Severe nausea/morning sickness (Hyperemesis gravidarum)

Patient Information
Severe nausea/morning sickness (Hyperemesis gravidarum) is a condition that is
characterised by extreme nausea and vomiting to the extent that general health is affected.
One much used definition is: Nausea and vomiting before the 20th week of pregnancy,
leading to more than 5% weight loss compared with pre-pregnancy weight, and in addition,
presence of ketones in the urine, dehydration, and electrolyte disturbance.
Nausea affects 70-85 % of all pregnant women to varying degrees during the first half of
pregnancy. This normally starts in the 4th-7th week of pregnancy. About half experience
vomiting and nausea during pregnancy, but only 0,1 - 1 % of all pregnant women require
hospital admittance. Normally the nausea/vomiting eases off after week 12.
Signs of dehydration
Dry mouth
Dry, cracked lips
Reduced volume of urine, darker in colour
Over time you will also lose weight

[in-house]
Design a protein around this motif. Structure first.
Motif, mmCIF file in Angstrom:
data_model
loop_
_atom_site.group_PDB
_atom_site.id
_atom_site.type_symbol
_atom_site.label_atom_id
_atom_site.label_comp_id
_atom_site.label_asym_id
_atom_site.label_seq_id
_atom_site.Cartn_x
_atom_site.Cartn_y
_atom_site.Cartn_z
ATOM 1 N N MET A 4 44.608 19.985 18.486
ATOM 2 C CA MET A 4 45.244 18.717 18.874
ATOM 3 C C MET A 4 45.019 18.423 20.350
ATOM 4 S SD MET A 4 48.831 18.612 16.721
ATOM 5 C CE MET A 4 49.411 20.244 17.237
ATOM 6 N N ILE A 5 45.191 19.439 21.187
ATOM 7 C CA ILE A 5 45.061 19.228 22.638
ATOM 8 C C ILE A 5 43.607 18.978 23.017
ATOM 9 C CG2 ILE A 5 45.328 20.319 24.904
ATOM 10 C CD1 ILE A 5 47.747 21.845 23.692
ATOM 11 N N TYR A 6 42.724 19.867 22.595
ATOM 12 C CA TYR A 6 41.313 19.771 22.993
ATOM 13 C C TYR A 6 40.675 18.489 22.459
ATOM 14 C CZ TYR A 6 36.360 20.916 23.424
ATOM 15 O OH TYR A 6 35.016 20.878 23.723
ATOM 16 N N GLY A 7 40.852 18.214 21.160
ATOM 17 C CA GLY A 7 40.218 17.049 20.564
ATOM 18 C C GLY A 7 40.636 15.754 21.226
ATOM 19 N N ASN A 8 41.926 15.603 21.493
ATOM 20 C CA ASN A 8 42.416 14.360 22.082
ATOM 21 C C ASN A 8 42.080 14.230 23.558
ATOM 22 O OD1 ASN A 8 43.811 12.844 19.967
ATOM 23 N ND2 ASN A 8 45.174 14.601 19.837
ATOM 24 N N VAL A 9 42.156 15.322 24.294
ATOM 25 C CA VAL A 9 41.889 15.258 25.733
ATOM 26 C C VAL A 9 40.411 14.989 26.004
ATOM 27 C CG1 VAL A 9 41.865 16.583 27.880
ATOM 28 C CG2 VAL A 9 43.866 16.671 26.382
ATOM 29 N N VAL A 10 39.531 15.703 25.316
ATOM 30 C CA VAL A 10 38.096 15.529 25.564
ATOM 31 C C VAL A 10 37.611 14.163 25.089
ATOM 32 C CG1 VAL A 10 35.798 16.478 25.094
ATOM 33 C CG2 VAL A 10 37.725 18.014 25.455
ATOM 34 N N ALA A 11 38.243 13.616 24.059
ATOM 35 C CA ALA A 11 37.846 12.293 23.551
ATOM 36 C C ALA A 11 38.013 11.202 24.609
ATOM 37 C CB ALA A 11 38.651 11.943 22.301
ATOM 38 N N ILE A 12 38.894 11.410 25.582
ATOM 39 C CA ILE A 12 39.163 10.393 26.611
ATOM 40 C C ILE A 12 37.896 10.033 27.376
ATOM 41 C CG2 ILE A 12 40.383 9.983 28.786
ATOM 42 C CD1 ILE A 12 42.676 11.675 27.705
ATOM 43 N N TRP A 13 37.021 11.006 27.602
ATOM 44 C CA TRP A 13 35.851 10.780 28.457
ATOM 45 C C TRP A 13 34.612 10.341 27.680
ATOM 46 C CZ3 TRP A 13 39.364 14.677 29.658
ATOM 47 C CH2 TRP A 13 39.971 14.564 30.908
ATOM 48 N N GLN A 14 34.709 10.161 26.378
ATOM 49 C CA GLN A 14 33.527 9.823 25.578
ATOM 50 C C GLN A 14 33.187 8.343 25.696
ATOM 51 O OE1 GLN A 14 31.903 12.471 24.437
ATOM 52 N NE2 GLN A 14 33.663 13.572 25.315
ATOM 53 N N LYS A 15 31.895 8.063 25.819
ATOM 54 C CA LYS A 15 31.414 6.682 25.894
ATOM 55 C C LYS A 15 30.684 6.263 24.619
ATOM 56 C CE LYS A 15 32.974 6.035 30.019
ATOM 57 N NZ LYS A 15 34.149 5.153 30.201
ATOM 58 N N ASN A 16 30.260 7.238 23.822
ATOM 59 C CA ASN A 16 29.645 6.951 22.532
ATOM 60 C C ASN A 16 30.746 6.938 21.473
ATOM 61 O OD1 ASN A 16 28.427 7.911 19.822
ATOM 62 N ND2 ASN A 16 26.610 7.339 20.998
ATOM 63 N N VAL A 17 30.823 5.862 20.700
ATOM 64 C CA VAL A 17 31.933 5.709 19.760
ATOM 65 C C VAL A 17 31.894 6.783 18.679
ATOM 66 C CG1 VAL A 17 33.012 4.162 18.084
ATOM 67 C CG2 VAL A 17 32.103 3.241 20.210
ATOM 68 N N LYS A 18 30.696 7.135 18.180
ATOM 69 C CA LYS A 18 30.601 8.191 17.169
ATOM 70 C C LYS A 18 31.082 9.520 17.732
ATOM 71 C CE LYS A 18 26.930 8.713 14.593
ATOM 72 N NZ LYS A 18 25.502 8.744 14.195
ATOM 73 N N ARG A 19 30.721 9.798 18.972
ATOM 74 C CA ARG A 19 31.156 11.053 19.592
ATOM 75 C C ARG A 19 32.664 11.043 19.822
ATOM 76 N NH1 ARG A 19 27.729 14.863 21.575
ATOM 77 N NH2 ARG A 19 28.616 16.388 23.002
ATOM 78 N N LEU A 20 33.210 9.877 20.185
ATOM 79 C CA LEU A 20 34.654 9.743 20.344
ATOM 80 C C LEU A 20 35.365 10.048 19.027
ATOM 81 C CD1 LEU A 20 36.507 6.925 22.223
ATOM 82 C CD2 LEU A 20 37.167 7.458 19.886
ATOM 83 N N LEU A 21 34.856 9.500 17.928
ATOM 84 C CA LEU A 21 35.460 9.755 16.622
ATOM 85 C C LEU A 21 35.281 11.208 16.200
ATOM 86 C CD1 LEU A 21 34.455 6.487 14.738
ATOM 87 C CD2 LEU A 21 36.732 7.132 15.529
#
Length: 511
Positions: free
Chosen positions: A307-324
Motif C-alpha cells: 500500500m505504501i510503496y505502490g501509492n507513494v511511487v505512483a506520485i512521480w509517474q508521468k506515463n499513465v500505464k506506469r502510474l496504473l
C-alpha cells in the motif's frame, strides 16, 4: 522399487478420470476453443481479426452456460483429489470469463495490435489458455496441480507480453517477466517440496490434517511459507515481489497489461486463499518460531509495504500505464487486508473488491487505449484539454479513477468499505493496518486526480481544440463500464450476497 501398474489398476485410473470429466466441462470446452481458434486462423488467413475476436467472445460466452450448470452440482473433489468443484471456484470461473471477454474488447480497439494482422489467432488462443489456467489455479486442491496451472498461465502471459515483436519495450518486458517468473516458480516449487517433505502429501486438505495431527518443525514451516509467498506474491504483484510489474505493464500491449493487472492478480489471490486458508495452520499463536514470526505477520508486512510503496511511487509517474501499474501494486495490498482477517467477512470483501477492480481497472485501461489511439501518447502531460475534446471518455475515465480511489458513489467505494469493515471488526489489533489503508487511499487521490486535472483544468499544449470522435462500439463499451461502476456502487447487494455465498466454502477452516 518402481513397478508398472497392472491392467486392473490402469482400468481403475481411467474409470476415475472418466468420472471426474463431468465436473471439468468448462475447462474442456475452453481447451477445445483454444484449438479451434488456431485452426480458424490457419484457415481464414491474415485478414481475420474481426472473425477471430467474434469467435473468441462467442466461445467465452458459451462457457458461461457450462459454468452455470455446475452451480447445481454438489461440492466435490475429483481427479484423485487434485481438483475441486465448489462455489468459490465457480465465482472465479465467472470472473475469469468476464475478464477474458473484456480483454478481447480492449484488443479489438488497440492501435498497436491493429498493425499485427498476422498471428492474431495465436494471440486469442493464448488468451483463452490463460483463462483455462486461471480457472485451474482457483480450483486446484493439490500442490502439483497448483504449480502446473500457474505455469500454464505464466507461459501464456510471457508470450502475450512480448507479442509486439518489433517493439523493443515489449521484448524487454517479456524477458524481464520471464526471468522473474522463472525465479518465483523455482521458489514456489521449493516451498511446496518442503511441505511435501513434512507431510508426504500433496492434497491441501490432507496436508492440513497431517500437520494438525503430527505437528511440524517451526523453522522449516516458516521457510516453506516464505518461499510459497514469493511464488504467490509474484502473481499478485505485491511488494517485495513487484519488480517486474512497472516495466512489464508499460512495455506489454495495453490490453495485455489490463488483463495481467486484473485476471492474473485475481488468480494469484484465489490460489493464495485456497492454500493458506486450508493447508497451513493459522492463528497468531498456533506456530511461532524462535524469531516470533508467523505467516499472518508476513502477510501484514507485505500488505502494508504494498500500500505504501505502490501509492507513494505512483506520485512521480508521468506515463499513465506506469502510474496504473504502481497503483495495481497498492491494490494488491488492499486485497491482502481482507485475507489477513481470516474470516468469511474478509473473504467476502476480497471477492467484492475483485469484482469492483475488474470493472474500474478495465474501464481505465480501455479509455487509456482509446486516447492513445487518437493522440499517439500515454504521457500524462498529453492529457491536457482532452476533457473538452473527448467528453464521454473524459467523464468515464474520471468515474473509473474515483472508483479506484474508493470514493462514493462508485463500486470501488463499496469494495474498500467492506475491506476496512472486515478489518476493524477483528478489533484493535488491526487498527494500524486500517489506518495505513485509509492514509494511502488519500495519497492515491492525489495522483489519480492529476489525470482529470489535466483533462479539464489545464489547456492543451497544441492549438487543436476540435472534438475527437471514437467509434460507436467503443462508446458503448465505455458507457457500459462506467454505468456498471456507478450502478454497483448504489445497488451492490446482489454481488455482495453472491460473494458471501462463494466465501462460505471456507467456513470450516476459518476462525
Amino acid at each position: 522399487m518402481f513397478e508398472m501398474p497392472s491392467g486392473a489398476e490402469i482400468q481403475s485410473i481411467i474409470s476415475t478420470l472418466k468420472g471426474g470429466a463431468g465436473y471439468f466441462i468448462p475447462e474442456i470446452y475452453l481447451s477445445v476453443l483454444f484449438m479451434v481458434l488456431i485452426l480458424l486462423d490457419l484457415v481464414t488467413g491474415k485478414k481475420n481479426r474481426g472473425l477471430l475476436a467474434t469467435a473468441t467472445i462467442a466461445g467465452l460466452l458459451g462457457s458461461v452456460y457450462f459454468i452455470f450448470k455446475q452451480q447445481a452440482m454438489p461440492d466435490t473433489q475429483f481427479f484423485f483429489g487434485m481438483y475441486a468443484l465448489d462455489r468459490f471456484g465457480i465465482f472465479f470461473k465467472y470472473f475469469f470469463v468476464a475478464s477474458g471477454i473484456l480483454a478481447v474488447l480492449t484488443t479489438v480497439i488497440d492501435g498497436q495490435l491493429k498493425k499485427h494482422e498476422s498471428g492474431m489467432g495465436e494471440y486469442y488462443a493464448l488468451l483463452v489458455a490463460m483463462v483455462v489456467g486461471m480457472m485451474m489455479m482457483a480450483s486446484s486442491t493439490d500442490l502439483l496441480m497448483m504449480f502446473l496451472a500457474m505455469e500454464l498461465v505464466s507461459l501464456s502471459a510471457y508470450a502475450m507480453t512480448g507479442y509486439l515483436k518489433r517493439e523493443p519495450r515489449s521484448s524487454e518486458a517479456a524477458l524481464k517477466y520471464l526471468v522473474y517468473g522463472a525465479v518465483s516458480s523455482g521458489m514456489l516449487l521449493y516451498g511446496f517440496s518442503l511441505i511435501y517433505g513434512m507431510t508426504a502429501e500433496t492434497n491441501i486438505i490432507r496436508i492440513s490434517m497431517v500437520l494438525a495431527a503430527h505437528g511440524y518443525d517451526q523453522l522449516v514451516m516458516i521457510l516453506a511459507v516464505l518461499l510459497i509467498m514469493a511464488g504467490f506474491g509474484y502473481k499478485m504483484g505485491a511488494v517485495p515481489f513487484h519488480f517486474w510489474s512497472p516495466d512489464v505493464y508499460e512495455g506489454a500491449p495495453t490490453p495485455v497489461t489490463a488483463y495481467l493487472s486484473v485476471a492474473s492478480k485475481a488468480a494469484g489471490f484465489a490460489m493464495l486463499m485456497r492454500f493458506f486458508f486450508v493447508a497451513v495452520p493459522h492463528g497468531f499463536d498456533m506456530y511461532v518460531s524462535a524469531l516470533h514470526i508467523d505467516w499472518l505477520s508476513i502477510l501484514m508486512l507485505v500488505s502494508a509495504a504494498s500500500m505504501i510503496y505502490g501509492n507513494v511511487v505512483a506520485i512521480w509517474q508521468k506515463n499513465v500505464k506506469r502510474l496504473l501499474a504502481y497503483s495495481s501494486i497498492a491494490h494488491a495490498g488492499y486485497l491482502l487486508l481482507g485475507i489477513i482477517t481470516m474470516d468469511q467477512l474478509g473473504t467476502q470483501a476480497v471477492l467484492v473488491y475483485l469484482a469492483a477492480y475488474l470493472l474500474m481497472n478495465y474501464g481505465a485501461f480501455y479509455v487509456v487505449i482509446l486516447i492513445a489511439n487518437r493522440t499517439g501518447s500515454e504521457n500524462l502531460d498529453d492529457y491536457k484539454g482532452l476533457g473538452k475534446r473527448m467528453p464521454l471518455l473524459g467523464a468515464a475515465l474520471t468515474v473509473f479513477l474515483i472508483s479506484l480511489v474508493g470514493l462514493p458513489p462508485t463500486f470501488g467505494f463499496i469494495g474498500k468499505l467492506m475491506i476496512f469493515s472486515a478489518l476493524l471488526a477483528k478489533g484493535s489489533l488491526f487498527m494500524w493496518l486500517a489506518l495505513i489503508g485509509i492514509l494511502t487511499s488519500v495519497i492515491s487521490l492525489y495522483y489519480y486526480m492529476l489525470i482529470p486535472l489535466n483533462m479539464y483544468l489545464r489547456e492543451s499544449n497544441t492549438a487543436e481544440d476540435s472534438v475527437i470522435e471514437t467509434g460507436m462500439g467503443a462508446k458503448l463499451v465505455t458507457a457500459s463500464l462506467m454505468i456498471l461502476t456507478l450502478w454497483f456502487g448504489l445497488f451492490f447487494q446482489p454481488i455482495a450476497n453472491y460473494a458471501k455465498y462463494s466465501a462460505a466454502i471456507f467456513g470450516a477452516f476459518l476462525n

Treatment options
Intravenous fluids over the course of several days to compensate for dehydration and
lack of salt
B-vitamin/folic acid supplements, either by mouth in the form of a liquid/tablets,, or
Anti-nausea medication (antiemetics)
A consultation with a clinical nutritionist/dietician
If these options are not effective, then nasogastric tube feeding may be necessary.
Nasogastric tube feeding
You will receive nutrition and water through a narrow tube that is passed down via the nose
to the uppermost part of the small intestine.
You can eat when you have a nasogastric tube, and you can go home with it in place.
Outpatient treatment options
Most patients receive treatment at the hospital's outpatient ward (the Patient Hotel Ward).
The Patient Hotel Ward is open from Monday to Friday between 07:30 and 15:00.
Blood tests, weight checks, and urine analysis are carried out here, and you are given
intravenous fluid treatment.
At home you should continue to keep a food/drink intake list. This serves as observational
information for the doctor/nurse who is monitoring your condition.
You must keep going to your normal pregnancy check-ups with your own doctor/midwife.
Welcome to the Women’s Clinic
Stavanger University Hospital
[Siter kilden din her.]
Kvinneklinikken SUS, januar 2015
Related flashcards

42 Cards


21 Cards

Medical equipment

31 Cards

Create flashcards